Start lighttpd and try to access your router at http://192.168.1.1 (or whatever the IP is obviously).
    Code:
    lighttpd -f /opt/lighttpd/lighttpd.conf
    It should redirect automatically to https://

    To have lighttpd start automatically when the router (re)boots, add this to Scripts/Init:
    Code:
    sleep 10
    /opt/etc/init.d/S80lighttpd restart
     
  11. RMerlin

    RMerlin Network Guru Member

    One method would be to create a folder in /jffs, put a single index.asp there that has a redirect meta, and manually launch an httpd instance from that folder, i.e.:

    Code:
    cd /jffs/redir-www/
    httpd&
    
    httpd will serve pages from its current default directory, hence the need for cd.

    On the webui, make sure you only start it from https. That other instance you just launched through an init script will serve only that redirection page.

    That technique means you could in theory have different versions of the web interface served on different ports. No need for any Optware package. :)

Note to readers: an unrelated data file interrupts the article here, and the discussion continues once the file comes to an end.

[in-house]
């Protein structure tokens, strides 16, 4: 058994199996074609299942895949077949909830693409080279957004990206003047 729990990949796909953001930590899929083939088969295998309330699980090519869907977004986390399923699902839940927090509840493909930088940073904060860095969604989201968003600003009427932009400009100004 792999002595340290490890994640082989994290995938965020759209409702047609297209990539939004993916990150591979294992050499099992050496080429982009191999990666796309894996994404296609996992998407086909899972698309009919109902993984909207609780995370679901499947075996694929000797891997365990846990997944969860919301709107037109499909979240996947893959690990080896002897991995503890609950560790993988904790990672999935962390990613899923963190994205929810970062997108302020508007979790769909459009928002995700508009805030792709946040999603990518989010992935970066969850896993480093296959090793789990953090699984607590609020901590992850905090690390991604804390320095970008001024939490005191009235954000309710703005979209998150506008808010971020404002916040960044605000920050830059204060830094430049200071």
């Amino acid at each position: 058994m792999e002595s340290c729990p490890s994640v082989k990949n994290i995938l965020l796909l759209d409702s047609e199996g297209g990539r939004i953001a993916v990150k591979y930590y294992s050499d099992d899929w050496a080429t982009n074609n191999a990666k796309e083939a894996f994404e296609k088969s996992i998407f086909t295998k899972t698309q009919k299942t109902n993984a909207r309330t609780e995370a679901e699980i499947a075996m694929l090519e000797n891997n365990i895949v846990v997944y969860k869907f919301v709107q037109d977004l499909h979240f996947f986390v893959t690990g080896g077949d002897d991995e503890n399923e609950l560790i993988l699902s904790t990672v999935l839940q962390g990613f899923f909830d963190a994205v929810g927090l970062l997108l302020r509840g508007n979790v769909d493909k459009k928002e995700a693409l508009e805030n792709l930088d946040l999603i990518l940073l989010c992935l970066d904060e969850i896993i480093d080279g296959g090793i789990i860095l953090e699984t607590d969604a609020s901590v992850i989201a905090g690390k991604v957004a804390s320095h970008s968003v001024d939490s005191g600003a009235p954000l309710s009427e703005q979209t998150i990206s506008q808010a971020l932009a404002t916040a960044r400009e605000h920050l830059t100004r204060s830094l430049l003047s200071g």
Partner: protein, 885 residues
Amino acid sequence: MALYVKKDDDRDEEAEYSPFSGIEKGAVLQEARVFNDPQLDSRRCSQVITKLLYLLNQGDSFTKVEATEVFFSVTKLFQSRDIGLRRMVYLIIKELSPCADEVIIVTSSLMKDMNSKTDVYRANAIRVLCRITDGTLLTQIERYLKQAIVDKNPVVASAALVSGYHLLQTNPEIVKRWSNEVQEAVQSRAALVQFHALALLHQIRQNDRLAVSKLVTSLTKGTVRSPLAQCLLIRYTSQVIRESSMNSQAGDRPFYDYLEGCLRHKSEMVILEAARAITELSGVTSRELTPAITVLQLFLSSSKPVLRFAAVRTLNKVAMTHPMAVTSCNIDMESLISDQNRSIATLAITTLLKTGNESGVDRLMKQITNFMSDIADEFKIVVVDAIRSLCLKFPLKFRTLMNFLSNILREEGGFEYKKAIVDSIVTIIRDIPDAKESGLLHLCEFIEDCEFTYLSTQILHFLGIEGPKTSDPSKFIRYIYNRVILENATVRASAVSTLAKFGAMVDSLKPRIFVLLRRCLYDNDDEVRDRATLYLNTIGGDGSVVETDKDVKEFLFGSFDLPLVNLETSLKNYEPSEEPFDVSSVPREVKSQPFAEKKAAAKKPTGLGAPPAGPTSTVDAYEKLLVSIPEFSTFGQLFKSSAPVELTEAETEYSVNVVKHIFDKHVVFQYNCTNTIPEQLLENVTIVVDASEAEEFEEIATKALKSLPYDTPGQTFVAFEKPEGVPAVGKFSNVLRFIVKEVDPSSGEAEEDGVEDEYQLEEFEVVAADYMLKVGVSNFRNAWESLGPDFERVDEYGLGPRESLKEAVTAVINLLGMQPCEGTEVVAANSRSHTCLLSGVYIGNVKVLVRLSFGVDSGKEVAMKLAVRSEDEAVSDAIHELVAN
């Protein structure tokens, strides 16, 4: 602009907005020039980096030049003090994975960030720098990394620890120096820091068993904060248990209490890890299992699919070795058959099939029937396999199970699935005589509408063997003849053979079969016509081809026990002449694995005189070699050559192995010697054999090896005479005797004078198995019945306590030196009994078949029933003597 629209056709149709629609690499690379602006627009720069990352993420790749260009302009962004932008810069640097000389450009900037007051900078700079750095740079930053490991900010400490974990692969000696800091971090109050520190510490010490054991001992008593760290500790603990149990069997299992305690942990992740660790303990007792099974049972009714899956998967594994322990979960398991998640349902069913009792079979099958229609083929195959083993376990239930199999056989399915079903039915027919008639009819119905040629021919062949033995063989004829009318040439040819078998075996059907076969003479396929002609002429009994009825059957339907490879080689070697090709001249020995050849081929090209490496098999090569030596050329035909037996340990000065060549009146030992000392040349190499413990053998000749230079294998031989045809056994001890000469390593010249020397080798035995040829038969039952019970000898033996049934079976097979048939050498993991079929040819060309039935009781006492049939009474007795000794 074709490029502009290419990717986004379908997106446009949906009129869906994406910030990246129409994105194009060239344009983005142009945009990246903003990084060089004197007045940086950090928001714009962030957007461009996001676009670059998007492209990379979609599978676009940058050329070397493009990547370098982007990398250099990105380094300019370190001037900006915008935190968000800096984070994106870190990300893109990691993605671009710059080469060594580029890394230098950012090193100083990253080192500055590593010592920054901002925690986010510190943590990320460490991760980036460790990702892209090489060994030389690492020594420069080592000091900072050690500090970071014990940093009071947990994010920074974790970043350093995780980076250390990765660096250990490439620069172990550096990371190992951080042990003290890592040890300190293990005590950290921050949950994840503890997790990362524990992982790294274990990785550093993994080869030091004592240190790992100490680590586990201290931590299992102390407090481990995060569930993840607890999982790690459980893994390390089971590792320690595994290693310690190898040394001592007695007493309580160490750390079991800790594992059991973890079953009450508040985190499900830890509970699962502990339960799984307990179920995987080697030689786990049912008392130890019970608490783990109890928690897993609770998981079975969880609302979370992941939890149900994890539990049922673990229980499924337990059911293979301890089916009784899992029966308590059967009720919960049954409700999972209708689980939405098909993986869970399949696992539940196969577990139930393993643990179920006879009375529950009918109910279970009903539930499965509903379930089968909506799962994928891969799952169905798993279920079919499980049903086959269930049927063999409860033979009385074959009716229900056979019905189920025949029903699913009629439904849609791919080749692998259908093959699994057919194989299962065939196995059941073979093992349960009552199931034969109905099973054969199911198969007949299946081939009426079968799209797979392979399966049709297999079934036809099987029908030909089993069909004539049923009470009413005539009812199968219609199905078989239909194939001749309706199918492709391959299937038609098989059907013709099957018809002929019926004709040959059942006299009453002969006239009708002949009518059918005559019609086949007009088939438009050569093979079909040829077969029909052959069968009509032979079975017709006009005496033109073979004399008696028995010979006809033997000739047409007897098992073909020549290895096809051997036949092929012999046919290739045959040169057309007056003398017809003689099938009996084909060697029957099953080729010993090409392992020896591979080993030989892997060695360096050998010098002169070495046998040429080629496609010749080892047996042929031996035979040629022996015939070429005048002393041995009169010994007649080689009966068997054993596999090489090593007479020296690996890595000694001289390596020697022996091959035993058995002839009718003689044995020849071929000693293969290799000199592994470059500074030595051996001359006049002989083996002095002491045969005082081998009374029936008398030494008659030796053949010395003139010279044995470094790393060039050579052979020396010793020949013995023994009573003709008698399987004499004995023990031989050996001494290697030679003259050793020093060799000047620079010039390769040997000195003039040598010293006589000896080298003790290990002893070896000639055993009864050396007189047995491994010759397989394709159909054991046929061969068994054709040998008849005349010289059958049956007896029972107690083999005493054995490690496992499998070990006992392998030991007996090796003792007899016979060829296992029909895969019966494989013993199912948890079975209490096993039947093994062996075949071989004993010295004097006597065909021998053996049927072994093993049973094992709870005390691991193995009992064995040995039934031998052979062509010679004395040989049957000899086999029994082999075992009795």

crashnburn likes this.
  12. philess

    philess Networkin' Nut Member

    Good idea RMerlin! Thanks for that hint. But now its too late, already got it running like this
    and also, i dont really want to get into ASP stuff etc :) lazy wins.
     
  13. RMerlin

    RMerlin Network Guru Member

    ASP in this case has nothing to do with Microsoft's scripting. It reflects the special Javascript backend used by these routers to interface the webui with the firmware. The page can contain your normal Javascript and HTML.
     
    crashnburn likes this.
  14. Elfew

    Elfew Addicted to LI Member

    so it could fix the problem with HTTPS access to the router via browser?
     
  15. jerrm

    jerrm Network Guru Member

    In what little testing I did, the default file had to be named "status-overview.asp," not a big deal -- but it always required a password, which would have to be re-entered once redirected to https. Not really a good solution if the purpose is to simplify access.

    Edit: This was on Shibby, not sure if other flavors are different.
     
    philess likes this.
  16. Elfew

    Elfew Addicted to LI Member

    it is fixed in victek raf last beta
     
    philess likes this.

Share This Page